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Flashcards in L2: Internationalization process Deck (53)
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Proactive motives (Hollensen, 2013)

Represents stimuli to attempt strategy change, based on firm’s interest in exploiting unique competences or market possibilities


Types of proactive motives (Hollensen, 2013)

1. Profit and growth goals
2. Managerial urge
3. Technology competence/ Unique product
4. Foreign market opportunities/ Market information
5. Economies of scale
6. Tax benefits


1. Profit and growth goals proactive motive

Increase profit by selling more (exploit all existing resources) or buying better (access comparative advantage of host country and utilize its competitive advantage).


2. Managerial urge proactive motive

- Managers’ commitment and motivation that reflect the desire and enthusiasm to drive internationalization forward. The desire for entrepreneurial motivation (market expansion and continuous growth), cultural socialization, etc.
- Strategy depends on the decision-makers.


3. Technology competence / Unique product proactive motive

- Real or perceived advantage?
- The issue: how long the competitive advantage can continue, due to competing technologies and international patent protection.


4. Foreign market opportunities/ Market information proactive motive

- Only if the firm can secure those resources necessary to respond to the opportunities.
- Explore markets with similar opportunities to their home.
- Tempting opportunities: ASEAN (economic success), Eastern European (political freedom).
- Market information: specialized MKT knowledge (competence) or secret-shared access to information.


5. Economies of scale ( - learning curve) proactive motive

- Exploit the resources and capabilities (competitive advantage) at home to transfer them abroad and benefiting from economies of scale.
- BCG report in production cost <30% -> benefit for both domestic and foreign sales.


6. Tax benefits proactive motive

- Allow firm either to offer products at a lower cost in foreign markets or to accumulate a higher profit.
- Anti-dumping (WTO) to against selling very cheap price on local market.


Reactive motives (Hollensen, 2013)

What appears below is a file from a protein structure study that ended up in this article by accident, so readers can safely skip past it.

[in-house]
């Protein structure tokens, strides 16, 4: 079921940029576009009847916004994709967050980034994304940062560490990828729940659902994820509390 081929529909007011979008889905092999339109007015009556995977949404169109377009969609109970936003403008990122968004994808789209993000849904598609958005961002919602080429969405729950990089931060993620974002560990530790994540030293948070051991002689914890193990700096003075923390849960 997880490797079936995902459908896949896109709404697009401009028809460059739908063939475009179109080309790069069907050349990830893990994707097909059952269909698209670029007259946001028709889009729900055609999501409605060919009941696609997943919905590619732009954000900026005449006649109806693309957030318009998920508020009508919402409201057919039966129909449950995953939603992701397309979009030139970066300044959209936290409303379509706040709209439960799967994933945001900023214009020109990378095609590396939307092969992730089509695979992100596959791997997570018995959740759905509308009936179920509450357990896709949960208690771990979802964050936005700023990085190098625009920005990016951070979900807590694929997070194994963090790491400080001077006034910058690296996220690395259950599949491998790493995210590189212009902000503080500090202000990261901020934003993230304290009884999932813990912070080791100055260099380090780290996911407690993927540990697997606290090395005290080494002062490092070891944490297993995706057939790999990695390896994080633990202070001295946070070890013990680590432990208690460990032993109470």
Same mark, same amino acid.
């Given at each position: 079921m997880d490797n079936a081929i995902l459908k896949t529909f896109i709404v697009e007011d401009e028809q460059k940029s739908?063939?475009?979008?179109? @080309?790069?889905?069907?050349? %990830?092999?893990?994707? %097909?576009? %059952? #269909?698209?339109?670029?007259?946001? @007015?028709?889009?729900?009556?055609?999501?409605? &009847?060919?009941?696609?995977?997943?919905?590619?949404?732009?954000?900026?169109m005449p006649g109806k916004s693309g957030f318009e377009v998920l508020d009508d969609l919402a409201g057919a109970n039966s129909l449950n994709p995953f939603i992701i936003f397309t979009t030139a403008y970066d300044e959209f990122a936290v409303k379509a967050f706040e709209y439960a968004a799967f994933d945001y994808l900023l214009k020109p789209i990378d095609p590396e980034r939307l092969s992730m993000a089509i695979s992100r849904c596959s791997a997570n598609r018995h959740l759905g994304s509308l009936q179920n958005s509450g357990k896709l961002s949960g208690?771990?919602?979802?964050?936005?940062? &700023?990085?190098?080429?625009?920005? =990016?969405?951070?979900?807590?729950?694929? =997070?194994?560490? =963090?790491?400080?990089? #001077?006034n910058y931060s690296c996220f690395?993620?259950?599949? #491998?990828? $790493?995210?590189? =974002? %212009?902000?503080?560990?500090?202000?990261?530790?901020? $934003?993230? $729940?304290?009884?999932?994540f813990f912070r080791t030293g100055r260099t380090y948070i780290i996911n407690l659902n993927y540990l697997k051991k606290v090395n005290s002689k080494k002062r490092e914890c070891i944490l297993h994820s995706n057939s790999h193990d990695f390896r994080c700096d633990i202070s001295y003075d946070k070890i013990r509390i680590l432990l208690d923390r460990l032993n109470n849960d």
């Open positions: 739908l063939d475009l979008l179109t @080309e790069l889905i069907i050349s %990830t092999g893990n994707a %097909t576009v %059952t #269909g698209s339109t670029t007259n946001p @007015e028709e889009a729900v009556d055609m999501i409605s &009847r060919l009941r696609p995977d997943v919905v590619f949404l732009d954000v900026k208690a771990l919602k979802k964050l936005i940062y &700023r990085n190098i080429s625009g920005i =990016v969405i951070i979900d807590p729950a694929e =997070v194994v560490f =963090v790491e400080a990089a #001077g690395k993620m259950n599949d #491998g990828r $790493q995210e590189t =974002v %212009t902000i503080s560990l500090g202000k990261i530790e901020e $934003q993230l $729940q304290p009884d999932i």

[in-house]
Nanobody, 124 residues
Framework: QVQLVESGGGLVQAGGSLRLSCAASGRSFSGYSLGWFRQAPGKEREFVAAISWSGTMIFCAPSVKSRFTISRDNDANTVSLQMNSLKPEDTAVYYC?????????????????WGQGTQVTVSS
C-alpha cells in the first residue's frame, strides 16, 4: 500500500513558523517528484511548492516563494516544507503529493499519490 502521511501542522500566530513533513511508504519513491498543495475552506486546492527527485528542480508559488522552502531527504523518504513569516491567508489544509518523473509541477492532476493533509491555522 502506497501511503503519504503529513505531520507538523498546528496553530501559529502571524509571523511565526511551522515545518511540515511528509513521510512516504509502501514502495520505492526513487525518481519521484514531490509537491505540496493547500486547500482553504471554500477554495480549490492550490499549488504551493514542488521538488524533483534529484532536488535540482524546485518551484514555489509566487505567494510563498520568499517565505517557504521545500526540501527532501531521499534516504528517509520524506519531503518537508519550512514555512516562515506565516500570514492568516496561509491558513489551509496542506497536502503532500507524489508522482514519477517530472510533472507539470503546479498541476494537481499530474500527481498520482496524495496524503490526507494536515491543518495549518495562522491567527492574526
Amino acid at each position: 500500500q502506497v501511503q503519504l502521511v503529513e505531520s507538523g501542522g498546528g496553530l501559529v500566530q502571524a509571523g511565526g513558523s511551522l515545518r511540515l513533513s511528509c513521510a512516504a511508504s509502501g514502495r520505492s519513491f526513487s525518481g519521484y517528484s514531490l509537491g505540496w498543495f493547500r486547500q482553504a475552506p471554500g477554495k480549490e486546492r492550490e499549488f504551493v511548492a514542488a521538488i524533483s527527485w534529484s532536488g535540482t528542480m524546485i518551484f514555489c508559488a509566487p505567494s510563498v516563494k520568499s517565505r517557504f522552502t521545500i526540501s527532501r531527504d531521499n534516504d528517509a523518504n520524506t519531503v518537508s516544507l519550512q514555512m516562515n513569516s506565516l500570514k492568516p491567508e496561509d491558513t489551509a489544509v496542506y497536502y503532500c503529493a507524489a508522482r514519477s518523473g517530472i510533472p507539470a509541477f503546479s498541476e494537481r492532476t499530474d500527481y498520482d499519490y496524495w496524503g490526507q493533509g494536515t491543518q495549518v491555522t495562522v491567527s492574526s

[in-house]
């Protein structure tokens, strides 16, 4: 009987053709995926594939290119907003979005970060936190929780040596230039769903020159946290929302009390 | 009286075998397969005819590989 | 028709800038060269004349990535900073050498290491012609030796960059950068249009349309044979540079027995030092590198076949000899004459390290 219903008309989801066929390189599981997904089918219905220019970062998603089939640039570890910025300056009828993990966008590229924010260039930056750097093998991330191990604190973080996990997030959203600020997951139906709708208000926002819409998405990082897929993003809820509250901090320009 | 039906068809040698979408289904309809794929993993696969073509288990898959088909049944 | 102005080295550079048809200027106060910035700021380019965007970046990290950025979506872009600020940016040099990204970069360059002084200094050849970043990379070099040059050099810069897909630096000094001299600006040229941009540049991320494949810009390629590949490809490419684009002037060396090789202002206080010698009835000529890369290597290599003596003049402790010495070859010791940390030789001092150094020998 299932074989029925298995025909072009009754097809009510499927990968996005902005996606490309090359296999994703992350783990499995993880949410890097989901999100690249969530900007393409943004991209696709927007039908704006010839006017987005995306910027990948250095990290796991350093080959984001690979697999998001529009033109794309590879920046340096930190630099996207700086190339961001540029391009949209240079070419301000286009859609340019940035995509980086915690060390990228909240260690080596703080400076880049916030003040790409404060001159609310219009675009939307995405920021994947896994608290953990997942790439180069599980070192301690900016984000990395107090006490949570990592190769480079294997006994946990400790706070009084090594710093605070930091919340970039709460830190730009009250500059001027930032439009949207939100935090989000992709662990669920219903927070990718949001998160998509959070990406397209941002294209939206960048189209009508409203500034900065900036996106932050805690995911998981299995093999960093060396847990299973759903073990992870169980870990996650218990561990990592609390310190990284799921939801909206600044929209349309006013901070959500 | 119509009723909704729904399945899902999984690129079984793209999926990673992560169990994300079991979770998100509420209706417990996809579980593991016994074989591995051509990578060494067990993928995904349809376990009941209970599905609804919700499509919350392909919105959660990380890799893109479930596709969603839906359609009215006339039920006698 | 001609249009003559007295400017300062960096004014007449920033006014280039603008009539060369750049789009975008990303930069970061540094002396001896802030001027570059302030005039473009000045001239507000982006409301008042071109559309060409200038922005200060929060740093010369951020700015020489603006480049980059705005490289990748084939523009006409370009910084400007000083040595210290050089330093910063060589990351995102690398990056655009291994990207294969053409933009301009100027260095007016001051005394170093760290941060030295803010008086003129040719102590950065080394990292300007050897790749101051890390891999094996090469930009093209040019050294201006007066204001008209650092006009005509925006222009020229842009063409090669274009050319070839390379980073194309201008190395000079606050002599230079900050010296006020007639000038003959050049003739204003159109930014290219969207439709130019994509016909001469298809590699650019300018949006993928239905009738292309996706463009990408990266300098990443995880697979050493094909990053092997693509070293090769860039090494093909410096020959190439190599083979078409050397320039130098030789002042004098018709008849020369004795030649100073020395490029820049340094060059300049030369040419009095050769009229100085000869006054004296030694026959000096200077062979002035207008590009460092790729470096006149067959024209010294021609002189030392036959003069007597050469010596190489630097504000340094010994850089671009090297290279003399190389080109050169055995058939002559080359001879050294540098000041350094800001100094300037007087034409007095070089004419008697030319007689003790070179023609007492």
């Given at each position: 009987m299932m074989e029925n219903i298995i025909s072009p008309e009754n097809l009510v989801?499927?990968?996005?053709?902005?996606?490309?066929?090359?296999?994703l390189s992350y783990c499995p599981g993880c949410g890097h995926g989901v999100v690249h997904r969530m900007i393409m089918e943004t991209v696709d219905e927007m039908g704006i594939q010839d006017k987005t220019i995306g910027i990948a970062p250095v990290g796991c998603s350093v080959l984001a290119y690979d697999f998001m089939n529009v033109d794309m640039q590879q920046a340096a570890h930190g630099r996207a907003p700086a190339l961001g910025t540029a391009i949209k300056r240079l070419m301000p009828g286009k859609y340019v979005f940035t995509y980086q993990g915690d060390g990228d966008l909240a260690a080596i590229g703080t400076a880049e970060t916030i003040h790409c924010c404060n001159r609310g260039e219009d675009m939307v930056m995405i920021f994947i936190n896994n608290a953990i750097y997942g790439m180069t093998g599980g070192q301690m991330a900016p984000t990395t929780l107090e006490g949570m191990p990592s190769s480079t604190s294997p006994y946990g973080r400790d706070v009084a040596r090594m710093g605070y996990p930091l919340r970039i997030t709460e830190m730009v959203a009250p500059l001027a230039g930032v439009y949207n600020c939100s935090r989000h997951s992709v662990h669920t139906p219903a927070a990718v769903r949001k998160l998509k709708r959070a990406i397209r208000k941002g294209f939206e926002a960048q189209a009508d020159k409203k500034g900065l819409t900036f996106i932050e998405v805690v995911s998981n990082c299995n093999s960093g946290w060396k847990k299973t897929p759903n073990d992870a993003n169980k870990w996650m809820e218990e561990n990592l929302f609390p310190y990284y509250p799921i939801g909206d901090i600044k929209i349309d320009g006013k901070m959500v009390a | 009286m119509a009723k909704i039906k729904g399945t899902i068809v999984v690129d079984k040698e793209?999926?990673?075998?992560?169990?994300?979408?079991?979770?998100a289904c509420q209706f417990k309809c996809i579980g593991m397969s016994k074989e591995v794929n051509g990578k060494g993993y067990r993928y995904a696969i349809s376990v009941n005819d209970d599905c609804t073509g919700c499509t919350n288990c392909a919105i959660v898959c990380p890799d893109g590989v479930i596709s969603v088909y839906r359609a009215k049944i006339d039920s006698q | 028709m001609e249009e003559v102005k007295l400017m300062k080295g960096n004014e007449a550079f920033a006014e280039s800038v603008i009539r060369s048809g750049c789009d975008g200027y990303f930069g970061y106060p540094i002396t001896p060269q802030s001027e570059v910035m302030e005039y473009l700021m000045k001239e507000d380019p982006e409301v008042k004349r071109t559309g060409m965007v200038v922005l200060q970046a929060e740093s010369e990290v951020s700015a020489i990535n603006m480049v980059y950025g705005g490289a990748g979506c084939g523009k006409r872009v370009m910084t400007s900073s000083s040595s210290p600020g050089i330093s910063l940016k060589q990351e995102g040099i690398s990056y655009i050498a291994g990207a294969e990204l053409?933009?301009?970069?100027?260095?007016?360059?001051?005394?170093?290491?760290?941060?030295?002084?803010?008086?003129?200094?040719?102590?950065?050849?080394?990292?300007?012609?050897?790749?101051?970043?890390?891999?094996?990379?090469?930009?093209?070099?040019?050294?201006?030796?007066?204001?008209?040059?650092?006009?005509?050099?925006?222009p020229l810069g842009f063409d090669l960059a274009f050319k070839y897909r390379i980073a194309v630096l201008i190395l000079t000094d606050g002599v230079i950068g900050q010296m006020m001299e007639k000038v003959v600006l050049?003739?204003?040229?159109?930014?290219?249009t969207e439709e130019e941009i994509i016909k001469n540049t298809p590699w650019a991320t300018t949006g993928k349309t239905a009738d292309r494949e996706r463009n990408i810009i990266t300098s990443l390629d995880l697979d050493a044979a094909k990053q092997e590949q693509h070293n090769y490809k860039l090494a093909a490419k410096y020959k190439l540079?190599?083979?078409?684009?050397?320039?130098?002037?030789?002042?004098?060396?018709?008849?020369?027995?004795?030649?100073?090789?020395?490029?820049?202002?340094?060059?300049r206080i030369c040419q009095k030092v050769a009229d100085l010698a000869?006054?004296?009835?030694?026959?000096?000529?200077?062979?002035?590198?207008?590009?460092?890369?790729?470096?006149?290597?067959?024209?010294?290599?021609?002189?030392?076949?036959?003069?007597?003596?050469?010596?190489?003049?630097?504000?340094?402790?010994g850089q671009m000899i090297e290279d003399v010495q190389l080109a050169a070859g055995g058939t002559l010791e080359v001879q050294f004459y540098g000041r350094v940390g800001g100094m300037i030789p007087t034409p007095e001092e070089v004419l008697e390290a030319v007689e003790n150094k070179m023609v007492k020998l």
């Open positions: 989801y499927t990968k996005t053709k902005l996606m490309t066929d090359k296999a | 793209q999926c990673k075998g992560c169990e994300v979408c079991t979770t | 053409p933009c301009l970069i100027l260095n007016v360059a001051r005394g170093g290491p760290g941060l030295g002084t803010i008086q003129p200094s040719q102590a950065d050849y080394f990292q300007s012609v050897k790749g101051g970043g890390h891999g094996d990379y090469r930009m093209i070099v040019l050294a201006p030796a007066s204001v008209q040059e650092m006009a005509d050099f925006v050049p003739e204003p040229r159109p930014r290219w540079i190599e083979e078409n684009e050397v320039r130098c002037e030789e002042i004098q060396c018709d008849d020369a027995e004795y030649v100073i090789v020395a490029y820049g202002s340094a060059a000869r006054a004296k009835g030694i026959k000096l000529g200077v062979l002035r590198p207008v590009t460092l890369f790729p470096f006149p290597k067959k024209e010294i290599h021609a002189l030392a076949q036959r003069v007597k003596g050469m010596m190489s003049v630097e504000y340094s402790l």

Firm reacts to pressures or threats in its home market or in foreign markets and adjusts passively to them by changing its activities over time.


Types of reactive motives (Hollensen, 2013)

1. Competitive pressures
2. Domestic market: small and saturated
3. Overproduction/ Excess capacity
4. Unsolicited foreign orders
5. Extend sales of seasonal products
6. Proximity to international customers / psychological distance


1. Competitive pressures reactive motive

- Losing domestic market share to competing firms
- Losing foreign markets permanently to domestic competitors.


2. Domestic market: small and saturated reactive motive

- Small market: unable to sustain economies of scale, so they export industrial goods that have few customers or consumer goods with small national segments.
- Saturated domestic market: products in declining stage of PLC. So firms choose to prolong the PLC by going abroad, especially the developing markets.
- Unused productive resources exist within firm (ex: production and managerial slack).


3. Overproduction / Excess capacity reactive motive

a. Overproduction: high inventory level => export sales via short-term price cuts, then can terminate global activities.
- However, customers are not interested in temporary business relationships.
b. Excess capacity: not fully utilized equipment => export to spread fixed cost.
- Changing demands in domestic market for new products => Sell old version globally.


4. Unsolicited foreign orders reactive motive

The orders can result from advertising in trade journals that have a worldwide circulation, through exhibitions and by other means.